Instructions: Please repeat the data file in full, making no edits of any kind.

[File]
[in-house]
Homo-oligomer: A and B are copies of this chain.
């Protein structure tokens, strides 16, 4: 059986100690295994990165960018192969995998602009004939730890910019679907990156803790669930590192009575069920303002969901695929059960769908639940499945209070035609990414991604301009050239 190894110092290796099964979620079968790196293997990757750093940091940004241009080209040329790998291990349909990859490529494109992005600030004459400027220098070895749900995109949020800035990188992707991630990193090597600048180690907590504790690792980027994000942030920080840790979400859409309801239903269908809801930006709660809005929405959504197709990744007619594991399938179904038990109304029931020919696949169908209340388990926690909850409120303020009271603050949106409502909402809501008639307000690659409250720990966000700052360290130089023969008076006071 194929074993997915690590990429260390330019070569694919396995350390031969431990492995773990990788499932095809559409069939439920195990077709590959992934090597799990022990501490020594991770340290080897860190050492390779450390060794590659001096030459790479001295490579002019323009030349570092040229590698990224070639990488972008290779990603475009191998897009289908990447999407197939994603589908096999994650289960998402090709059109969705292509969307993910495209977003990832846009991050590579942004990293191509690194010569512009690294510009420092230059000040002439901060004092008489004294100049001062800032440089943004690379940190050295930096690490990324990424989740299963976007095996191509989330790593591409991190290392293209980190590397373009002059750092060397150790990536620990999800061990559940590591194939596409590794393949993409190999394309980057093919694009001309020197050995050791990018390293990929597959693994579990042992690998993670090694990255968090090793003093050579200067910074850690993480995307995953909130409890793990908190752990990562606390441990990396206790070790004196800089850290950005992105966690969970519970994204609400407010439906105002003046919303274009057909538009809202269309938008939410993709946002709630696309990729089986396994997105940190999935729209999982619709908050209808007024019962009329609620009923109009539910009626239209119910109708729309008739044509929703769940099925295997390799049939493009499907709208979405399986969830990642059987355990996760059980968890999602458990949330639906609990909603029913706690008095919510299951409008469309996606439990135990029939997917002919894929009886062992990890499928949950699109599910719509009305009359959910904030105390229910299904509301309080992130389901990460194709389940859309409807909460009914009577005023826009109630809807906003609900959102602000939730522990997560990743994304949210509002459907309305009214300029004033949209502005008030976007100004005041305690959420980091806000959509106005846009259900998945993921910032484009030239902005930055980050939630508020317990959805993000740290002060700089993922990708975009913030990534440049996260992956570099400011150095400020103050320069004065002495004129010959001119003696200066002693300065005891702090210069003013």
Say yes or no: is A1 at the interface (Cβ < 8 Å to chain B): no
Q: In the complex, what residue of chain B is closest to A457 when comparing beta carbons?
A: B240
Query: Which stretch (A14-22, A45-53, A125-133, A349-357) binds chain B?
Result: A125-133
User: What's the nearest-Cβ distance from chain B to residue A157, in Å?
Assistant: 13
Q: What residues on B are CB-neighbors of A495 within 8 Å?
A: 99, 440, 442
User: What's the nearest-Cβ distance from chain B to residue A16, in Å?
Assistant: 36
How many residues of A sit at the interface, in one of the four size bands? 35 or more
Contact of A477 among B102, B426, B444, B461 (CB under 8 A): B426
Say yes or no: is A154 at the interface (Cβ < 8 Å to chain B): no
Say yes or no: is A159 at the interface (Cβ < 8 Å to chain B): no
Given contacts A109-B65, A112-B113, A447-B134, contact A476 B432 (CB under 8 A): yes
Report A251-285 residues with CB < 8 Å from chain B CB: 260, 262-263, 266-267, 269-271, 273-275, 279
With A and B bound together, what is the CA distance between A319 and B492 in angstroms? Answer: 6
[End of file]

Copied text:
[in-house]
Homo-oligomer: A and B are copies of this chain.
């Protein structure tokens, strides 16, 4: 059986100690295994990165960018192969995998602009004939730890910019679907990156803790669930590192009575069920303002969901695929059960769908639940499945209070035609990414991604301009050239 190894110092290796099964979620079968790196293997990757750093940091940004241009080209040329790998291990349909990859490529494109992005600030004459400027220098070895749900995109949020800035990188992707991630990193090597600048180690907590504790690792980027994000942030920080840790979400859409309801239903269908809801930006709660809005929405959504197709990744007619594991399938179904038990109304029931020919696949169908209340388990926690909850409120303020009271603050949106409502909402809501008639307000690659409250720990966000700052360290130089023969008076006071 194929074993997915690590990429260390330019070569694919396995350390031969431990492995773990990788499932095809559409069939439920195990077709590959992934090597799990022990501490020594991770340290080897860190050492390779450390060794590659001096030459790479001295490579002019323009030349570092040229590698990224070639990488972008290779990603475009191998897009289908990447999407197939994603589908096999994650289960998402090709059109969705292509969307993910495209977003990832846009991050590579942004990293191509690194010569512009690294510009420092230059000040002439901060004092008489004294100049001062800032440089943004690379940190050295930096690490990324990424989740299963976007095996191509989330790593591409991190290392293209980190590397373009002059750092060397150790990536620990999800061990559940590591194939596409590794393949993409190999394309980057093919694009001309020197050995050791990018390293990929597959693994579990042992690998993670090694990255968090090793003093050579200067910074850690993480995307995953909130409890793990908190752990990562606390441990990396206790070790004196800089850290950005992105966690969970519970994204609400407010439906105002003046919303274009057909538009809202269309938008939410993709946002709630696309990729089986396994997105940190999935729209999982619709908050209808007024019962009329609620009923109009539910009626239209119910109708729309008739044509929703769940099925295997390799049939493009499907709208979405399986969830990642059987355990996760059980968890999602458990949330639906609990909603029913706690008095919510299951409008469309996606439990135990029939997917002919894929009886062992990890499928949950699109599910719509009305009359959910904030105390229910299904509301309080992130389901990460194709389940859309409807909460009914009577005023826009109630809807906003609900959102602000939730522990997560990743994304949210509002459907309305009214300029004033949209502005008030976007100004005041305690959420980091806000959509106005846009259900998945993921910032484009030239902005930055980050939630508020317990959805993000740290002060700089993922990708975009913030990534440049996260992956570099400011150095400020103050320069004065002495004129010959001119003696200066002693300065005891702090210069003013």
Say yes or no: is A1 at the interface (Cβ < 8 Å to chain B): no
Q: In the complex, what residue of chain B is closest to A457 when comparing beta carbons?
A: B240
Query: Which stretch (A14-22, A45-53, A125-133, A349-357) binds chain B?
Result: A125-133
User: What's the nearest-Cβ distance from chain B to residue A157, in Å?
Assistant: 13
Q: What residues on B are CB-neighbors of A495 within 8 Å?
A: 99, 440, 442
User: What's the nearest-Cβ distance from chain B to residue A16, in Å?
Assistant: 36
How many residues of A sit at the interface, in one of the four size bands? 35 or more
Contact of A477 among B102, B426, B444, B461 (CB under 8 A): B426
Say yes or no: is A154 at the interface (Cβ < 8 Å to chain B): no
Say yes or no: is A159 at the interface (Cβ < 8 Å to chain B): no
Given contacts A109-B65, A112-B113, A447-B134, contact A476 B432 (CB under 8 A): yes
Report A251-285 residues with CB < 8 Å from chain B CB: 260, 262-263, 266-267, 269-271, 273-275, 279
With A and B bound together, what is the CA distance between A319 and B492 in angstroms? Answer: 6